Determined to get inside an apartment, the ginger tabby leaps onto the ledge of an air conditioner unit, then onto the roof, where he drags a piece of debris to the edge, swipes it off and watches it shatter a skylight.
Boom. Kitty door created!
The scene isn’t part of a Youtube video or a documentary about smart cats, it’s a gameplay sequence from the upcoming Stray, a game in which the protagonist is a lost cat who’s been separated from his family and dropped into an eerie, near-future Hong Kong.
The overlap (or Reuleaux triangle) in a Venn diagram of gamers and cat-lovers is pretty sizable, and for that enthusiastic cross-section, there’s no game more highly anticipated than Stray.
Previously we’d seen a short trailer and still screenshots, and now a video from the developers shows off more than four minutes of glorious game footage following the feline protagonist as he explores Hong Kong’s streets, back alleys and noodle shops.
The developers are clearly cat lovers: The kitty hero of Stray moves with the grace, energy and caution of a real domestic feline, and the game forces players to tackle obstacles and challenges the way a cat would. The protagonist cat gains access to a vent shaft, for example, by swiping a coffee mug into fan blades to get them to stop spinning. In another scene, the cat is startled, jumps a full pace back and lands on all fours in a way only cats can.
Everything from gait to reactions is perfectly cat-like. In the opening moments, our kitty hero is clearly injured, nursing one of his back legs as he hobbles down an alley. In a later scene he bats curiously at a drone the way a house cat would with a new toy.
There are no magic abilities or impossible inventories here: As the player, you can only do things a cat can do in real life, although you’re given a boost later on when a friendly character equips you with a harness on which B12, the above-mentioned drone, can dock. B12 can interact with man-made inventions, understand your cat’s intentions and facilitate rudimentary communication.
If, for example, your kitty character is dehydrated and stops to paw at a vending machine, B12 can send a signal to the machine, order it to dispense a beverage, then open it for the adventurous cat. B12 also helps your catagonist fight off enemies. By flashing a purple light at hostile machines, for example, the little drone can render them harmless and deactivate them.
Ultimately, though, the game designers want you to think in cat terms to make your way through the game world, and that means considering feline physiology when encountering obstacles, and feline psychology when trying to solve puzzles.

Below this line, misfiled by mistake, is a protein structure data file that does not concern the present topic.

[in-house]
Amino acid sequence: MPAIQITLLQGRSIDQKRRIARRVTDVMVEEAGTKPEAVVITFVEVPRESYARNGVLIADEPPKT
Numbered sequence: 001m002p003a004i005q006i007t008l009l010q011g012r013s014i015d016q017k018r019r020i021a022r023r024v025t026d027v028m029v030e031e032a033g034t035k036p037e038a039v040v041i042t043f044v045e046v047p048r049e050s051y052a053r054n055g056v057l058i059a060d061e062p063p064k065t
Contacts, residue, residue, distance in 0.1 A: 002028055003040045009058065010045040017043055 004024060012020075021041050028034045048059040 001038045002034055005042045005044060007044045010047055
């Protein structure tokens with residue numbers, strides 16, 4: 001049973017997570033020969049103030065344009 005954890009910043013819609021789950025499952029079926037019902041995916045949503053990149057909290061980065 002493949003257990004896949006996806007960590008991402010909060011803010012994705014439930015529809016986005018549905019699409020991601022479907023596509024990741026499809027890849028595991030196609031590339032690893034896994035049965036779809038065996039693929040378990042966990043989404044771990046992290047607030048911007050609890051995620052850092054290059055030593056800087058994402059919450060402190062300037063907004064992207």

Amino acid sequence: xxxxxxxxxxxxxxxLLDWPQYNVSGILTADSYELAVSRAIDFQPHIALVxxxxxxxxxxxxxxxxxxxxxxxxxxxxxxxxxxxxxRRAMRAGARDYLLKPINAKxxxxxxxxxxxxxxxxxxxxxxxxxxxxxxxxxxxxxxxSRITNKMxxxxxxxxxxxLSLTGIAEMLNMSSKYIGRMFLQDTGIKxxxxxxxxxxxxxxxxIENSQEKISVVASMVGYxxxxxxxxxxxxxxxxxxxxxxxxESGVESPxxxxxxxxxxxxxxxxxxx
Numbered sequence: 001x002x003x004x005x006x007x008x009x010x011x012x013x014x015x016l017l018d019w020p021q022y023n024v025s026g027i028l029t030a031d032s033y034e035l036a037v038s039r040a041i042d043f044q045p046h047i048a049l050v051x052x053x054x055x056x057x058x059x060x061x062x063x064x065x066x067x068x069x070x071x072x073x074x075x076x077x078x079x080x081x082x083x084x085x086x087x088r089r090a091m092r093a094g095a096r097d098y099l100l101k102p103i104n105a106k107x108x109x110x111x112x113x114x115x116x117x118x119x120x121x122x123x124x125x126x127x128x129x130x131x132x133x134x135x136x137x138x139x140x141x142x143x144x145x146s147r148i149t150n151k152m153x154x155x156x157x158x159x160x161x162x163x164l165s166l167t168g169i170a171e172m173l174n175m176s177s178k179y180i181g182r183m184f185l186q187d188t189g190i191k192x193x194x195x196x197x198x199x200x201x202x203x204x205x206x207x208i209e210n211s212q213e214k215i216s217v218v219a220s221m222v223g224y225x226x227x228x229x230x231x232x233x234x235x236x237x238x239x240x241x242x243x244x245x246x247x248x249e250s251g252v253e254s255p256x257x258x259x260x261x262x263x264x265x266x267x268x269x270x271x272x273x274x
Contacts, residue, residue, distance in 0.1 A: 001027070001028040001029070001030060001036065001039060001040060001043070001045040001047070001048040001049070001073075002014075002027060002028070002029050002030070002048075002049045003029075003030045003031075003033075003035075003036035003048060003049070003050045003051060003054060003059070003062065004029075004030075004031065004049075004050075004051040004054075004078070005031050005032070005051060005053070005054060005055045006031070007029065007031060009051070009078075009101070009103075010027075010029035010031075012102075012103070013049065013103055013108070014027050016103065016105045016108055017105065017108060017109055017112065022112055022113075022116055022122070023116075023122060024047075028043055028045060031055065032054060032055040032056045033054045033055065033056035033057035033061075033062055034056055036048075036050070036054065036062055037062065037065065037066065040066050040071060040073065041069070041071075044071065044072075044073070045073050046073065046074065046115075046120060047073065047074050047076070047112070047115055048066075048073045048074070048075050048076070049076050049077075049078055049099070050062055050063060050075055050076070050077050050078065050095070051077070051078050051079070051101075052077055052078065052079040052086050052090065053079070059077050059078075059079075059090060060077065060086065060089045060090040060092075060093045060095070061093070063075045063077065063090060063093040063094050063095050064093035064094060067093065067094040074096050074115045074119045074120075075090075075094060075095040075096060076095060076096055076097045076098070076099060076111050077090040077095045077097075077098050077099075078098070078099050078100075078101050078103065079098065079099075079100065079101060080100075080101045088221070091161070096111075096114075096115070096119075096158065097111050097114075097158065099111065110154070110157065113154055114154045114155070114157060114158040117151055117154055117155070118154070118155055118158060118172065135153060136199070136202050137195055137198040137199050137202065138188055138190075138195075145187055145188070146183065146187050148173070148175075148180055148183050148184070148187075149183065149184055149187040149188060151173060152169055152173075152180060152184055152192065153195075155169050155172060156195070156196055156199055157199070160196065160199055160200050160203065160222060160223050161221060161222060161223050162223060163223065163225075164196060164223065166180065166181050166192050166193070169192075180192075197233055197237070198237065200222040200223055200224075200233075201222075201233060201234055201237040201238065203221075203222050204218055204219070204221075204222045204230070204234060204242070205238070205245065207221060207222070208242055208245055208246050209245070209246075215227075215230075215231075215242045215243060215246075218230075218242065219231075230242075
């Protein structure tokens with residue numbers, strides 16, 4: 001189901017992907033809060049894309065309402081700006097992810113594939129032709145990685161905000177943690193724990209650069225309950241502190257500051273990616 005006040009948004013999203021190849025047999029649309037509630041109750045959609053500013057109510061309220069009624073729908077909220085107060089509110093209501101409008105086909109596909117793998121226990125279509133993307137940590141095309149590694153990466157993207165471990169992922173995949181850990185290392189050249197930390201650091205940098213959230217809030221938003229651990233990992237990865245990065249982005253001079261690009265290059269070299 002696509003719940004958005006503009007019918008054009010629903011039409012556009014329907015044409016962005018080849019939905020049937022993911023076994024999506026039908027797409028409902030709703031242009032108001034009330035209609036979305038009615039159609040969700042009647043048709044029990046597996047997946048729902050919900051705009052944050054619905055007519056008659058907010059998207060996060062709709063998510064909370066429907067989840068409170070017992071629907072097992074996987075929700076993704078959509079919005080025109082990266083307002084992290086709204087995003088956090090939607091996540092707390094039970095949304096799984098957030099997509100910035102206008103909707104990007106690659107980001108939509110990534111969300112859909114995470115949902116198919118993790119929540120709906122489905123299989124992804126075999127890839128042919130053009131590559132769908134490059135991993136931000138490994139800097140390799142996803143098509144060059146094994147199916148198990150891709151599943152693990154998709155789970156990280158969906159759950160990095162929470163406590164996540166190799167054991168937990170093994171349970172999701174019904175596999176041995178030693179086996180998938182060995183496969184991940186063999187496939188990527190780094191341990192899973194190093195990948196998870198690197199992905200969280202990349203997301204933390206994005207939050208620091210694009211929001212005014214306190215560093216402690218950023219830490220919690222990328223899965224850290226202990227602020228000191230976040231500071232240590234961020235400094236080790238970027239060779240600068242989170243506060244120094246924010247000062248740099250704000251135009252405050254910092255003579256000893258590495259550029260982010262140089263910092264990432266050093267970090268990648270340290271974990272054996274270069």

The project’s lead designers are both industry veterans who decided to strike out on their own by forming an independent studio after years of working for UbiSoft, the game industry giant known for game franchises like Assassin’s Creed and Watch_Dogs. Like those games, Stray gives players the opportunity to explore a highly detailed open world.
“Our goal is to create a unique experience playing as a cat. We are inspired everyday by Murtaugh and Riggs, our two cats,” creative director Viv said. “Most of the team are cat owners as well, giving us all a lot of helpful first-hand references. Cats are always so playful, cute and lovingly annoying that it’s an endless stream of gameplay ideas for us.”
For the game’s atmosphere, the creators were inspired by Hong Kong’s Kowloon Walled City, a former military fortress that became a slum in the days of British-ruled Hong Kong, with Chinese triad gangs serving as de facto authorities in the lawless zone. Today, the former Kowloon Walled City is a park.
“It is also a very unique point of view for an adventure game. Exploring the strange world we are building feels really fresh when you’re sneaking under a car, or walking the rooftops with the inhabitants below unaware of your presence. Or if you want them to be aware, you can just meow endlessly to annoy them.”
Stray was originally slated for a late 2021 release, but it’s looking more likely that we won’t see it until the first quarter of 2022. Given the recent history of highly anticipated and rushed projects like Cyberpunk 2077, few gamers would begrudge a development team taking its time and getting things right rather than going into a months-long crunch period to meet a holiday deadline. Good things come to those who wait, especially in the complex world of game development.